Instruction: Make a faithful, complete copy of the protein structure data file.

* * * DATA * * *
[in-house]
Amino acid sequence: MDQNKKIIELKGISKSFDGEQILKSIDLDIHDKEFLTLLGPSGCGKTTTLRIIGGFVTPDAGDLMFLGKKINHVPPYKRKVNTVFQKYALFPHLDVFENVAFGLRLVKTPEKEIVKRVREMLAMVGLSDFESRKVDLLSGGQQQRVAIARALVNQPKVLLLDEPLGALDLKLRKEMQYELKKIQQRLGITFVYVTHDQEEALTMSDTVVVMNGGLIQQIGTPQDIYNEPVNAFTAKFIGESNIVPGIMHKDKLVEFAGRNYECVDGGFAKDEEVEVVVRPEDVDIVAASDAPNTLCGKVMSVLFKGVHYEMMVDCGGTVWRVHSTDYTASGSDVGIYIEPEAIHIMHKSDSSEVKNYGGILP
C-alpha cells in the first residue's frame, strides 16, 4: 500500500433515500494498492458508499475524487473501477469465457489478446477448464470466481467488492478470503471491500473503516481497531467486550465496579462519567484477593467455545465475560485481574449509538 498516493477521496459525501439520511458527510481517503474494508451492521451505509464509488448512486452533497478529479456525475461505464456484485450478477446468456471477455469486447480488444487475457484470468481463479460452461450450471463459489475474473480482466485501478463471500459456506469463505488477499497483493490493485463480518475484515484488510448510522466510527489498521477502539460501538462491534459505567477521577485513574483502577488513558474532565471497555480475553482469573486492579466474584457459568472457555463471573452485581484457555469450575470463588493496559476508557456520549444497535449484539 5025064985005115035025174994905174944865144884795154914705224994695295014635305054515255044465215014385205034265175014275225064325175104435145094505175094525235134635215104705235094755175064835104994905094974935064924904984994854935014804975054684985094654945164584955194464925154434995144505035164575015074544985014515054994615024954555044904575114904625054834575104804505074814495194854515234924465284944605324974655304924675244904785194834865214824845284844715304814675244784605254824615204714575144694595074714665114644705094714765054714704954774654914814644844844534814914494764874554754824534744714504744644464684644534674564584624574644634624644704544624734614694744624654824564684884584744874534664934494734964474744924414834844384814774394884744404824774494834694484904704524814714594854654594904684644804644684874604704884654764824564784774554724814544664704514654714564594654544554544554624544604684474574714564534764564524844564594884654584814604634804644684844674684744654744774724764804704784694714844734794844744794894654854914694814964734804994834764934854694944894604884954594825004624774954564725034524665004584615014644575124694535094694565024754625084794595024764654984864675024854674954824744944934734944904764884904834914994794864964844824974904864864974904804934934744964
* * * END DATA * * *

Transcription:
[in-house]
Amino acid sequence: MDQNKKIIELKGISKSFDGEQILKSIDLDIHDKEFLTLLGPSGCGKTTTLRIIGGFVTPDAGDLMFLGKKINHVPPYKRKVNTVFQKYALFPHLDVFENVAFGLRLVKTPEKEIVKRVREMLAMVGLSDFESRKVDLLSGGQQQRVAIARALVNQPKVLLLDEPLGALDLKLRKEMQYELKKIQQRLGITFVYVTHDQEEALTMSDTVVVMNGGLIQQIGTPQDIYNEPVNAFTAKFIGESNIVPGIMHKDKLVEFAGRNYECVDGGFAKDEEVEVVVRPEDVDIVAASDAPNTLCGKVMSVLFKGVHYEMMVDCGGTVWRVHSTDYTASGSDVGIYIEPEAIHIMHKSDSSEVKNYGGILP
C-alpha cells in the first residue's frame, strides 16, 4: 500500500433515500494498492458508499475524487473501477469465457489478446477448464470466481467488492478470503471491500473503516481497531467486550465496579462519567484477593467455545465475560485481574449509538 498516493477521496459525501439520511458527510481517503474494508451492521451505509464509488448512486452533497478529479456525475461505464456484485450478477446468456471477455469486447480488444487475457484470468481463479460452461450450471463459489475474473480482466485501478463471500459456506469463505488477499497483493490493485463480518475484515484488510448510522466510527489498521477502539460501538462491534459505567477521577485513574483502577488513558474532565471497555480475553482469573486492579466474584457459568472457555463471573452485581484457555469450575470463588493496559476508557456520549444497535449484539 5025064985005115035025174994905174944865144884795154914705224994695295014635305054515255044465215014385205034265175014275225064325175104435145094505175094525235134635215104705235094755175064835104994905094974935064924904984994854935014804975054684985094654945164584955194464925154434995144505035164575015074544985014515054994615024954555044904575114904625054834575104804505074814495194854515234924465284944605324974655304924675244904785194834865214824845284844715304814675244784605254824615204714575144694595074714665114644705094714765054714704954774654914814644844844534814914494764874554754824534744714504744644464684644534674564584624574644634624644704544624734614694744624654824564684884584744874534664934494734964474744924414834844384814774394884744404824774494834694484904704524814714594854654594904684644804644684874604704884654764824564784774554724814544664704514654714564594654544554544554624544604684474574714564534764564524844564594884654584814604634804644684844674684744654744774724764804704784694714844734794844744794894654854914694814964734804994834764934854694944894604884954594825004624774954564725034524665004584615014644575124694535094694565024754625084794595024764654984864675024854674954824744944934734944904764884904834914994794864964844824974904864864974904804934934744964